ozone hole) was relatively smalluntil around 20 August 2006. Sincethen the ozone hole area increasedrapidly, peaking at 29 million km²24 September. In October 2006, NASAreported that the years ozone holeset a new area record with a dailyaverage of 26 million km² between 7September and 13 October 2006;total ozone thicknesses fell as lowas 85 DU on 8 October. The twofactors combined, 2006 sees theworst level of depletion inrecorded ozone history. Thedepletion is attributed to thetemperatures above the Antarcticreaching the lowest recording sincecomprehensive records began in1979.On October 2008 the EcuadorianSpace Agency published a reportcalled HIPERION, a study of thelast 28 years data from 10satellites and dozens of groundinstruments around the world among
them their own, and found that theUV radiation reaching equatoriallatitudes was far greater thanexpected, climbing in some verypopulated cities up to 24 UVI, theWHO UV Index standard considers 11as an extreme index and a greatrisk to health. The reportconcluded that the ozone depletionaround mid latitudes on the planetis already endangering largepopulations in this areas. Later,the CONIDA, the Peruvian SpaceAgency, made its own study, whichfound almost the same facts as theEcuadorian study.The Antarctic ozone hole isexpected to continue for decades.Ozone concentrations in the lowerstratosphere over Antarctica willincrease by 5%–10% by 2020 andreturn to pre-1980 levels by about2060–2075, 10–25 years later thanpredicted in earlier assessments.This is because of revised
estimates of atmosphericconcentrations of Ozone DepletingSubstances — and a larger predictedfuture usage in developingcountries. Another factor which mayaggravate ozone depletion is thedraw-down of nitrogen oxides fromabove the stratosphere due tochanging wind patterns.History of the researchThe basic physical and chemicalprocesses that lead to theformation of an ozone layer in theEarths stratosphere werediscovered by Sydney Chapman in1930. These are discussed in thearticle Ozone-oxygen cycle —briefly, short-wavelength UVradiation splits an oxygen (O2)molecule into two oxygen (O) atoms,which then combine with otheroxygen molecules to form ozone.Ozone is removed when an oxygenatom and an ozone molecule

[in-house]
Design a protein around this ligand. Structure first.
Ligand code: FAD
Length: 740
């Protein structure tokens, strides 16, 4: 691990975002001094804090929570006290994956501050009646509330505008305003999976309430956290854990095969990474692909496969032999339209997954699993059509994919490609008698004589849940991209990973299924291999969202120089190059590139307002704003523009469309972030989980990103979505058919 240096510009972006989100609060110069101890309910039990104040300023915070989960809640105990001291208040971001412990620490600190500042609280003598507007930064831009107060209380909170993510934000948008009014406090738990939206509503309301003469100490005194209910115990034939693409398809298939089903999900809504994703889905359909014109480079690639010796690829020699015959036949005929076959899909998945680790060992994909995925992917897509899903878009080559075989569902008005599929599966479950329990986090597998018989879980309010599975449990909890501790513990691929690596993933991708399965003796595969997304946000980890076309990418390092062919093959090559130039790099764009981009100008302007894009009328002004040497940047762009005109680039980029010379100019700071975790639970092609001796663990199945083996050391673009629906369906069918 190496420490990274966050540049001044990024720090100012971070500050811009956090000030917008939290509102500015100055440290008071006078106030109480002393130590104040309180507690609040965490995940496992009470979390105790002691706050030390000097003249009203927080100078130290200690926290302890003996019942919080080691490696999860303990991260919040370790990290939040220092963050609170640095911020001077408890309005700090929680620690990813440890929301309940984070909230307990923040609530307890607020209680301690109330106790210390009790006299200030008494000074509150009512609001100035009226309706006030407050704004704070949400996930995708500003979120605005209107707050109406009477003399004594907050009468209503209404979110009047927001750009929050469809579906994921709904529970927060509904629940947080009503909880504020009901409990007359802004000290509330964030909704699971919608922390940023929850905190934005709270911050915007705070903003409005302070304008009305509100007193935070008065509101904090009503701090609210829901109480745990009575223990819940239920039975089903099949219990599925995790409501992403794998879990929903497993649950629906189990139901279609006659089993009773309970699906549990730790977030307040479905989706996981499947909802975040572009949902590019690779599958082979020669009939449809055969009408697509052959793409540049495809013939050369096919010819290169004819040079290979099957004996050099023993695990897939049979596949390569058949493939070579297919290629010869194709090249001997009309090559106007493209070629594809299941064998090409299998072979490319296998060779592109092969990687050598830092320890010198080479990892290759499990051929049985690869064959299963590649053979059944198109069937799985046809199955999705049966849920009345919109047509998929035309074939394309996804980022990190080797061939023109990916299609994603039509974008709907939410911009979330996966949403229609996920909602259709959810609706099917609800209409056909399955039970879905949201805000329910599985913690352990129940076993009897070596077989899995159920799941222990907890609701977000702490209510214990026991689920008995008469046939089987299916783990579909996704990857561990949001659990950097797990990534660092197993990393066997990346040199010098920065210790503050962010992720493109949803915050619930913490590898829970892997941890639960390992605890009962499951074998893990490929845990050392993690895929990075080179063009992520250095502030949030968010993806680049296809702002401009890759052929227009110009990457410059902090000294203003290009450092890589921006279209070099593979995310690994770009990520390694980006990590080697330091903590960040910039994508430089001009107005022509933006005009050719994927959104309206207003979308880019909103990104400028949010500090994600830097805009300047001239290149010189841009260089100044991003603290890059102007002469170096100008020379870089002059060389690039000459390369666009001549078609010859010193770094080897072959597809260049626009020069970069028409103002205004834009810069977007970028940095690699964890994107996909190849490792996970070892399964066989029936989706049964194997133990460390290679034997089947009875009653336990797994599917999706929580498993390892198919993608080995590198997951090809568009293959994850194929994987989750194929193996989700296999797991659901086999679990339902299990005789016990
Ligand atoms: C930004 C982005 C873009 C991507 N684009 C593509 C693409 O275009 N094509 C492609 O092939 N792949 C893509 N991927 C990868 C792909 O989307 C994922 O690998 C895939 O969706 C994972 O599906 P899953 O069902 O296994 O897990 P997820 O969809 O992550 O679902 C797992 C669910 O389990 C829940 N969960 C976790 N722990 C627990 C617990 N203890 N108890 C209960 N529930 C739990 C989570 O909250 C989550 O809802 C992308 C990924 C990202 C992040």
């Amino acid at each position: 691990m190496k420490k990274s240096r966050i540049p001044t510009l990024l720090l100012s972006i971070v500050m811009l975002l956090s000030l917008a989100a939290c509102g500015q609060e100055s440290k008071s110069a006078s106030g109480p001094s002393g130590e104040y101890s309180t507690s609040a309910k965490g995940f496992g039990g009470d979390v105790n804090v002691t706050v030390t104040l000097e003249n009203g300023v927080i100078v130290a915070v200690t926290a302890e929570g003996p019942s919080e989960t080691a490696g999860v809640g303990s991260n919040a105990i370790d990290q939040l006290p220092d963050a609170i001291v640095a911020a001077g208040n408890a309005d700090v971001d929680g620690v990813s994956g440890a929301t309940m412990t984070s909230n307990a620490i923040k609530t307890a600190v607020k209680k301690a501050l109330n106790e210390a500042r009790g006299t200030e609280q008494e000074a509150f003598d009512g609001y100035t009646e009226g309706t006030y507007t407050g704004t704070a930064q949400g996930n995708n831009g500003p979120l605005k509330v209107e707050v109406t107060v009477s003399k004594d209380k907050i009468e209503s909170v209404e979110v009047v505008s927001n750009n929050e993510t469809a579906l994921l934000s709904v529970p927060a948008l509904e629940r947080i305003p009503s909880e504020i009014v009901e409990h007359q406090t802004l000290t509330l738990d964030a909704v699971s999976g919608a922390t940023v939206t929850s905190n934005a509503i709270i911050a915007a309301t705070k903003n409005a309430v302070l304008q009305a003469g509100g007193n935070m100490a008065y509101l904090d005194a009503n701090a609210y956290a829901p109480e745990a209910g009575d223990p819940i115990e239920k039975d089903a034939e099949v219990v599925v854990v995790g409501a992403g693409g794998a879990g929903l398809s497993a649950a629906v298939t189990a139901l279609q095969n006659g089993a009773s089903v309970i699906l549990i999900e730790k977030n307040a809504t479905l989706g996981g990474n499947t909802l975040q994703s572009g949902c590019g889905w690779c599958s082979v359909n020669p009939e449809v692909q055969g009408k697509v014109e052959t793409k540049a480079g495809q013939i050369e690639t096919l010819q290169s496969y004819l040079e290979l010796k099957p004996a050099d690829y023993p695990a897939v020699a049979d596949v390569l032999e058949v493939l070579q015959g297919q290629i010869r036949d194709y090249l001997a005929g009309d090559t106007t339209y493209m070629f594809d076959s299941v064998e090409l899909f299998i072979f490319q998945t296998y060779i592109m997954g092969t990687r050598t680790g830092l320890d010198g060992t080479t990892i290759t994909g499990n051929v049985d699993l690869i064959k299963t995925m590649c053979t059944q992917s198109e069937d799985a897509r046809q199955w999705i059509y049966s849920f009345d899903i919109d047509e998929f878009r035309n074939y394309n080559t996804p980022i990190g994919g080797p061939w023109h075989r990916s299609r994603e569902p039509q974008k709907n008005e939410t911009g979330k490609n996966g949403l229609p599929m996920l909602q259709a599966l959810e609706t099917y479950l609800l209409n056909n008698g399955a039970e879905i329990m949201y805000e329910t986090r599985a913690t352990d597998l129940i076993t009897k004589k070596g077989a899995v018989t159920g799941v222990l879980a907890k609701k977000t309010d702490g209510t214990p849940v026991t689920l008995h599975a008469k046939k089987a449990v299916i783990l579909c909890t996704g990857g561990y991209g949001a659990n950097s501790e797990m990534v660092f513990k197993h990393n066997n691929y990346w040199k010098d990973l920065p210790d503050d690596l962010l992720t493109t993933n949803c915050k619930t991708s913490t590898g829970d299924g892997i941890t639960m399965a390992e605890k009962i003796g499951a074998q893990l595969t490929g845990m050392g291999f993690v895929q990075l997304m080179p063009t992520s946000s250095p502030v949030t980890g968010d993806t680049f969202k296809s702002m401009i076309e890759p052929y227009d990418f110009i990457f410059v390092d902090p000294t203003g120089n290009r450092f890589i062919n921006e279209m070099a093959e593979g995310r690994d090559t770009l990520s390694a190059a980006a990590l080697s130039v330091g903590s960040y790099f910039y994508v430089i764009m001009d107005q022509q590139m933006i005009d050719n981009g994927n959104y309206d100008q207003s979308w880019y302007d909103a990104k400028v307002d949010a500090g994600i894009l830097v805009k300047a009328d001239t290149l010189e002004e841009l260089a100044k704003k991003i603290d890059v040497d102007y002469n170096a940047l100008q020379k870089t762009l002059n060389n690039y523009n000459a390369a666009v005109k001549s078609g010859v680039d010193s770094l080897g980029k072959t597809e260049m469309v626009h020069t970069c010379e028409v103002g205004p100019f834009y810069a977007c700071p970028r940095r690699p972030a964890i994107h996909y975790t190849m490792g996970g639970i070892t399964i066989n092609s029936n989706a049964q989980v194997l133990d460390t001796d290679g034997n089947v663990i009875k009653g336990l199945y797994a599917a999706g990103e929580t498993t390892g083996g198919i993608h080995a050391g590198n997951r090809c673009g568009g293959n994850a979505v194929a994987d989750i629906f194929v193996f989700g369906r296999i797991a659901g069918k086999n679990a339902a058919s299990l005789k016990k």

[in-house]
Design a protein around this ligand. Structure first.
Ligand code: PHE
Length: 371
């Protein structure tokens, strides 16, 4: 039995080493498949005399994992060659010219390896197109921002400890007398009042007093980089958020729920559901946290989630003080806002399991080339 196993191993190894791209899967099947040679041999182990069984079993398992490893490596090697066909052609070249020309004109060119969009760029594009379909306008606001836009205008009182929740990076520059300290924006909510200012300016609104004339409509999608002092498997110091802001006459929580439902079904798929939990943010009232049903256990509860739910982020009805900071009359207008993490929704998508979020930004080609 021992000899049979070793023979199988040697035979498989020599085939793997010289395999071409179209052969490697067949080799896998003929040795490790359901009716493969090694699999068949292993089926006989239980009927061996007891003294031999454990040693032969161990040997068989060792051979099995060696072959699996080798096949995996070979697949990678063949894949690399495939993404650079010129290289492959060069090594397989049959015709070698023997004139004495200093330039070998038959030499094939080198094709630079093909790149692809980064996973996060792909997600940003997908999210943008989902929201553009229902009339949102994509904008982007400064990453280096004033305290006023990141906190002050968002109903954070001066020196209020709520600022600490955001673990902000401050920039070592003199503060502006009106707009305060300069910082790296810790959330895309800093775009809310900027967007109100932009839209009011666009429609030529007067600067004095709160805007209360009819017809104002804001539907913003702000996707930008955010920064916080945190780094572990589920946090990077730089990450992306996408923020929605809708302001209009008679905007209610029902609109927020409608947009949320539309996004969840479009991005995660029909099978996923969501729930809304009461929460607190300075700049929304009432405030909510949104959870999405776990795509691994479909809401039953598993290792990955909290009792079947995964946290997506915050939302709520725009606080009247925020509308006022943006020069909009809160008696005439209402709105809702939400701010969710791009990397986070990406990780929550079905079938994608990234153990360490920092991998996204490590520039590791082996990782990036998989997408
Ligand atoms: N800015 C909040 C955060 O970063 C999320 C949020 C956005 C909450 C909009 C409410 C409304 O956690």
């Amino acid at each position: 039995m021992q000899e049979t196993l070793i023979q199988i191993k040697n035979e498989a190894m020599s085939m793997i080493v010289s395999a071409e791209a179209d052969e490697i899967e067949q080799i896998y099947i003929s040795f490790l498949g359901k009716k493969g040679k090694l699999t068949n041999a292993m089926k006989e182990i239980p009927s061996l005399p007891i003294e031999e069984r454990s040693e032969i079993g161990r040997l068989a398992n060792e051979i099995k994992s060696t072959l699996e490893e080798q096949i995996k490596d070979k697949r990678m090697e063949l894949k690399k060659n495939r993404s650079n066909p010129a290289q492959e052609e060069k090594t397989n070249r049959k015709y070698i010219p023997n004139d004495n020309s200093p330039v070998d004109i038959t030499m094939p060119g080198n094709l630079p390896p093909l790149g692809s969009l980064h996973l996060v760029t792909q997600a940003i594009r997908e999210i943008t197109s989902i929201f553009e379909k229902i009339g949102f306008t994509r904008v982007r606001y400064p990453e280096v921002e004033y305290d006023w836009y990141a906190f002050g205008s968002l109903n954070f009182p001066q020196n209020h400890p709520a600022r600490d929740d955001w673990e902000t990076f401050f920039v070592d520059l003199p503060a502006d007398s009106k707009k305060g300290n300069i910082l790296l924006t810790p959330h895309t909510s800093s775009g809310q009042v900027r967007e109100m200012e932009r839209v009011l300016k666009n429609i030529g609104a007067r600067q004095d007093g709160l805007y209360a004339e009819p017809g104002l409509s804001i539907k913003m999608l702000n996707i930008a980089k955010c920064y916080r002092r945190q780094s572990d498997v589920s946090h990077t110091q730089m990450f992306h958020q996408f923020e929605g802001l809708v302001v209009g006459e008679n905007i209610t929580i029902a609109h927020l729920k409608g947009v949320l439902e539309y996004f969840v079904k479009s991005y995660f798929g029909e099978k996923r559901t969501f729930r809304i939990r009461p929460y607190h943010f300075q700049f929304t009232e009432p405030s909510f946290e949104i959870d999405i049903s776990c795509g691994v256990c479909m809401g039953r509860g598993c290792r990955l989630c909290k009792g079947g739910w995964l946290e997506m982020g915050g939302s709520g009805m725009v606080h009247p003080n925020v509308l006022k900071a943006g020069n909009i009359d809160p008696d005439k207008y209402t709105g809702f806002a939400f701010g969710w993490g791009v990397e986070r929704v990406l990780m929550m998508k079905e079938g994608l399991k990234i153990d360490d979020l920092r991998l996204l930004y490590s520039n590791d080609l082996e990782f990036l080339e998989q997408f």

"recombine" to form two oxygenmolecules, i.e. O + O3 →2O2. In the 1950s, David Bates andMarcel Nicolet presented evidencethat various free radicals, inparticular hydroxyl (OH) and nitricoxide (NO), could catalyze thisrecombination reaction, reducingthe overall amount of ozone. Thesefree radicals were known to bepresent in the stratosphere, and sowere regarded as part of thenatural balance – it was estimatedthat in their absence, the ozonelayer would be about twice as thickas it currently is.In 1970 Prof. Paul Crutzen pointedout that emissions of nitrous oxide(N2O), a stable, long-lived gasproduced by soil bacteria, from theEarths surface could affect theamount of nitric oxide (NO) in thestratosphere. Crutzen showed thatnitrous oxide lives long enough toreach the stratosphere, where it is
converted into NO. Crutzen thennoted that increasing use offertilizers might have led to anincrease in nitrous oxide emissionsover the natural background, whichwould in turn result in an increasein the amount of NO in thestratosphere. Thus human activitycould have an impact on thestratospheric ozone layer. In thefollowing year, Crutzen and(independently) Harold Johnstonsuggested that NO emissions fromsupersonic aircraft, which fly inthe lower stratosphere, could alsodeplete the ozone layer.The Rowland-Molina hypothesisIn 1974 Frank Sherwood Rowland,Chemistry Professor at theUniversity of California at Irvine,and his postdoctoral associate